Like her father, she hasn’t released her tax returns, so there is no way of knowing the extent of her involvement in the Trumps’ complex network of global operations. Like her husband, she doesn’t appear to have top-level security clearance to perform the tasks she is asked to do on behalf of the American people.
Reading these latest stories, I find myself caught between two opposing reactions. I am outraged at the continued nepotistic behavior of the Trumps, and their blatant refusal to follow ethical norms to guard against corruption in government. At the same time I also am drawn to look at every photo of Ivanka Trump to see what she is wearing.
At first, my reaction embarrassed me, until I realized that it’s all the same. She has no qualifications for a White House job other than her good luck at birth and probably some good intentions. She gets brownie points for being prepared — this point is reiterated in The Post story — when every successful woman knows that she always must be better prepared than the men around her, that no one would ever get away with the impulsive, uninformed and dangerous approach that her father takes to the presidency.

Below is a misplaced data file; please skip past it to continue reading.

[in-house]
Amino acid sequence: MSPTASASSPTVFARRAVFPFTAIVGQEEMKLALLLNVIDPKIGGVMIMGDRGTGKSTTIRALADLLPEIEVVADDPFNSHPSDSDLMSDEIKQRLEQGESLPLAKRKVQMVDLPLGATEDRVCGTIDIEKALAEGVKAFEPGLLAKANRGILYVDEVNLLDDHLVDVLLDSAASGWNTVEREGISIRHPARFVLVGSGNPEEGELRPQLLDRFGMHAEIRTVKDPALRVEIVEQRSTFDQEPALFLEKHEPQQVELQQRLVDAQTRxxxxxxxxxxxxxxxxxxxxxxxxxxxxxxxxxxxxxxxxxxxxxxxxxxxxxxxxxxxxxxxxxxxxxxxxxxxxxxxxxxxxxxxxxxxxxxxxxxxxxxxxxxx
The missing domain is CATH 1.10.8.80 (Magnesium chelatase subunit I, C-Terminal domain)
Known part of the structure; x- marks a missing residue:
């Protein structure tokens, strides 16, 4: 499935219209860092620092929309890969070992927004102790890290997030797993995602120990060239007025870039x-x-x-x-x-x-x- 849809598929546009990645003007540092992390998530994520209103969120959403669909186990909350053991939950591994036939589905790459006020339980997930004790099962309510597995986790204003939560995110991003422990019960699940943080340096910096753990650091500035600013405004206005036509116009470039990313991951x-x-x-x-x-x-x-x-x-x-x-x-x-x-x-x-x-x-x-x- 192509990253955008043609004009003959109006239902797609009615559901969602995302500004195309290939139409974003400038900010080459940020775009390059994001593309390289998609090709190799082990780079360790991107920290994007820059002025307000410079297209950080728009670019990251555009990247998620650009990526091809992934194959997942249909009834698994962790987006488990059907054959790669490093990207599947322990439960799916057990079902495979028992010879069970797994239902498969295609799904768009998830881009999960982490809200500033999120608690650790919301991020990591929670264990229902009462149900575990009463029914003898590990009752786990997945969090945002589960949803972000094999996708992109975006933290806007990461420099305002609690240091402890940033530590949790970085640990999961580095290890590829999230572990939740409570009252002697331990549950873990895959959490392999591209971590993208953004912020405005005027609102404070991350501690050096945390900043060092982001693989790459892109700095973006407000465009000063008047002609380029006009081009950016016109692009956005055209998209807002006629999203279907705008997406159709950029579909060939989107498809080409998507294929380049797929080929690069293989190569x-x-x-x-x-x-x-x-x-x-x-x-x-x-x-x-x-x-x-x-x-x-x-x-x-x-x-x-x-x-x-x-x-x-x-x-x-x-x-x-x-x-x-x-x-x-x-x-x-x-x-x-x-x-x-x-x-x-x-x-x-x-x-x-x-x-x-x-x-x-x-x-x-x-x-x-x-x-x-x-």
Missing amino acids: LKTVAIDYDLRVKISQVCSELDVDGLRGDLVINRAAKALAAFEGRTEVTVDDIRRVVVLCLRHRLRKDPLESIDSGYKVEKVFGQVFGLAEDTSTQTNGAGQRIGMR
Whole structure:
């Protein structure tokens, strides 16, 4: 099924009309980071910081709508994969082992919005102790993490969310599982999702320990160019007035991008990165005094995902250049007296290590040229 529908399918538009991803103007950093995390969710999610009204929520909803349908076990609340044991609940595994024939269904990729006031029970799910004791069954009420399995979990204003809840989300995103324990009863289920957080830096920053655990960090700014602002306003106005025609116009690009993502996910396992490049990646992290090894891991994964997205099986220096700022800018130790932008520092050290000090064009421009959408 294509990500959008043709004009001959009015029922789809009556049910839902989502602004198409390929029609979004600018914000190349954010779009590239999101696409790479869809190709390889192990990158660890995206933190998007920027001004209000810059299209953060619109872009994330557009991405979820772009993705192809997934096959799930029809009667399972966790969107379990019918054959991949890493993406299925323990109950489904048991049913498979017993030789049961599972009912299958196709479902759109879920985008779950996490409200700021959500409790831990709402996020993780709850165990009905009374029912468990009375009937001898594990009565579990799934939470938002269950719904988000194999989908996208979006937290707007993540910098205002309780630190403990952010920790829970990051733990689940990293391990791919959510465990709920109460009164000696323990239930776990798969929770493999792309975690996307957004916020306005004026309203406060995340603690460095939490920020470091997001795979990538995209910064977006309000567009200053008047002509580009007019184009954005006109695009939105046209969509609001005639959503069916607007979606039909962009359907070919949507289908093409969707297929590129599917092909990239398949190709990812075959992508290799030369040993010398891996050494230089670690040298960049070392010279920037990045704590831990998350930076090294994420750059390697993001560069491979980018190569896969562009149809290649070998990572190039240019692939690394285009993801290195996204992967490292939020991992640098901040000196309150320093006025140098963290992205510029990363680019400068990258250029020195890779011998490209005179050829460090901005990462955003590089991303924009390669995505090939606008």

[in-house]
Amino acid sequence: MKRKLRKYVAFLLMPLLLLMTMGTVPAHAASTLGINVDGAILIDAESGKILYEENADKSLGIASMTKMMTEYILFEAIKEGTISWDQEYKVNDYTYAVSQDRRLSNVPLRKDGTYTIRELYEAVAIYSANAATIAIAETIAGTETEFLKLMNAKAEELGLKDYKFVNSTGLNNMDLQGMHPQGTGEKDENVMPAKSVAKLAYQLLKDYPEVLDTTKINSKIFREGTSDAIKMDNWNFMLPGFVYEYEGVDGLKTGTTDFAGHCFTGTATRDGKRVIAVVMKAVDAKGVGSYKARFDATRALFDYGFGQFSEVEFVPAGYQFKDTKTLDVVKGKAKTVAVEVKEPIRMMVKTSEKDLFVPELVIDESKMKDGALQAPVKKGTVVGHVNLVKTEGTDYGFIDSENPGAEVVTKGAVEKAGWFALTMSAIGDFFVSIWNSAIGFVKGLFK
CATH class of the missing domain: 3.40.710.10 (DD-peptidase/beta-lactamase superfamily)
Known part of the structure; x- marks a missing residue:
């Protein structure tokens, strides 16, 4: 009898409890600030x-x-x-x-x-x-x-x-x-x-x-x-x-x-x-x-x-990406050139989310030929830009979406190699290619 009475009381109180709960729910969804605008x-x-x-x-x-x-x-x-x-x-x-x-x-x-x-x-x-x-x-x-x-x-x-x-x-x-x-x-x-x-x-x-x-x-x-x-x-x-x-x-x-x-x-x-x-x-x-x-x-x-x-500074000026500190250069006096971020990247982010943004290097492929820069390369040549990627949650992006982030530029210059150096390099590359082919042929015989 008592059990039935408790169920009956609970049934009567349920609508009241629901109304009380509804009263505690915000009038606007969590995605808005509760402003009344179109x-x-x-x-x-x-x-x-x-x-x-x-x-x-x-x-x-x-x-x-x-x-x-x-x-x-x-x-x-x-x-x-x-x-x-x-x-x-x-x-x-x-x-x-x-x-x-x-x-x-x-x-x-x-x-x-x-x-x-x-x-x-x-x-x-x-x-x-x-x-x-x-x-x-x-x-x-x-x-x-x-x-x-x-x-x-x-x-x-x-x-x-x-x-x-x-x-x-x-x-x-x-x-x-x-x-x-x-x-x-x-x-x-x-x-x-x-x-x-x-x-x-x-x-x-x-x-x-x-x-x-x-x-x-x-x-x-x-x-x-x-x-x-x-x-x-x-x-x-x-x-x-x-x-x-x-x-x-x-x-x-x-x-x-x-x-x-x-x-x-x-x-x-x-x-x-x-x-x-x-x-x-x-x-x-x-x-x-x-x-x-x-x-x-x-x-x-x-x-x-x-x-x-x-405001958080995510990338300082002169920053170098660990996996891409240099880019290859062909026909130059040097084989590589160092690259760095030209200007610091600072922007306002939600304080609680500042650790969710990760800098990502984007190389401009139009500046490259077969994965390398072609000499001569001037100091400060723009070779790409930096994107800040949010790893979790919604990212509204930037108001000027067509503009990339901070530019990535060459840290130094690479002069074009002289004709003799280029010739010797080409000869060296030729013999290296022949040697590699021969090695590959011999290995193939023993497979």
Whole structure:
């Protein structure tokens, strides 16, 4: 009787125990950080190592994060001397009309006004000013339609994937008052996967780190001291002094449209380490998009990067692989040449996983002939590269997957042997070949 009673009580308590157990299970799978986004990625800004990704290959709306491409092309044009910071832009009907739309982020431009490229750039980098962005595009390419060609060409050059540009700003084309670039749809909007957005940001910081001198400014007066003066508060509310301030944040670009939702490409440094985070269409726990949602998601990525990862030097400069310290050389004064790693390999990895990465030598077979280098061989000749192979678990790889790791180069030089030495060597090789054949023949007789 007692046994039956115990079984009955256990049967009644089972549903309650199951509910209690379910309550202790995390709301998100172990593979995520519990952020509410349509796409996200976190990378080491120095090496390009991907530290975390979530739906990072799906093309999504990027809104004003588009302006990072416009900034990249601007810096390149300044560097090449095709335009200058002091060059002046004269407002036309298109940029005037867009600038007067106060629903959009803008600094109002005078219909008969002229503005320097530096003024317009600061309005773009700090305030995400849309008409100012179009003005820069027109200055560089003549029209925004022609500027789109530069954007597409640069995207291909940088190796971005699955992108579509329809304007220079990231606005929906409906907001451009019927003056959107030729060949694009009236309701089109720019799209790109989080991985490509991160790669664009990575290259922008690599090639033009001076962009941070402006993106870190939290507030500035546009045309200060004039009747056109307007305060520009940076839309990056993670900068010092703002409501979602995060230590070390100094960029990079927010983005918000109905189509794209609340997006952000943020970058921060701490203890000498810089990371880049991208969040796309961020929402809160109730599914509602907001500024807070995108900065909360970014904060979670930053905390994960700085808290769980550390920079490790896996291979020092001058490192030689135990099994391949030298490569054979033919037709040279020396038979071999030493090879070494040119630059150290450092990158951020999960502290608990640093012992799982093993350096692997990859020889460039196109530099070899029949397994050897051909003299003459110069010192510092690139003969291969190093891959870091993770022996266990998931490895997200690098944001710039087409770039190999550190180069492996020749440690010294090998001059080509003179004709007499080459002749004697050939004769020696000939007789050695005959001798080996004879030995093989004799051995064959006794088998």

It really is about the clothes, and the image, and the appearance of doing something with little to show for it. Except that, in the meantime, her bank account continues to grow.
Looking forward. Peace plan? What peace plan? The Trump administration’s plan to resolve the Israeli-Palestinian conflict is imminent, or so we are told. I’ll be watching, and I’m sure you will, too.
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A Genetic Disease Sheds Light On My Jewish Heritage
Jane Eisner, a pioneer in journalism, is writer-at-large at the Forward and the 2019 Koeppel Fellow in Journalism at Wesleyan University. For more than a decade, she was editor-in-chief of the Forward, the first woman to hold the position at the influential Jewish national news organization. Under her leadership, the Forward’s digital readership grew significantly, and won numerous regional and national awards for its original journalism, in print and online.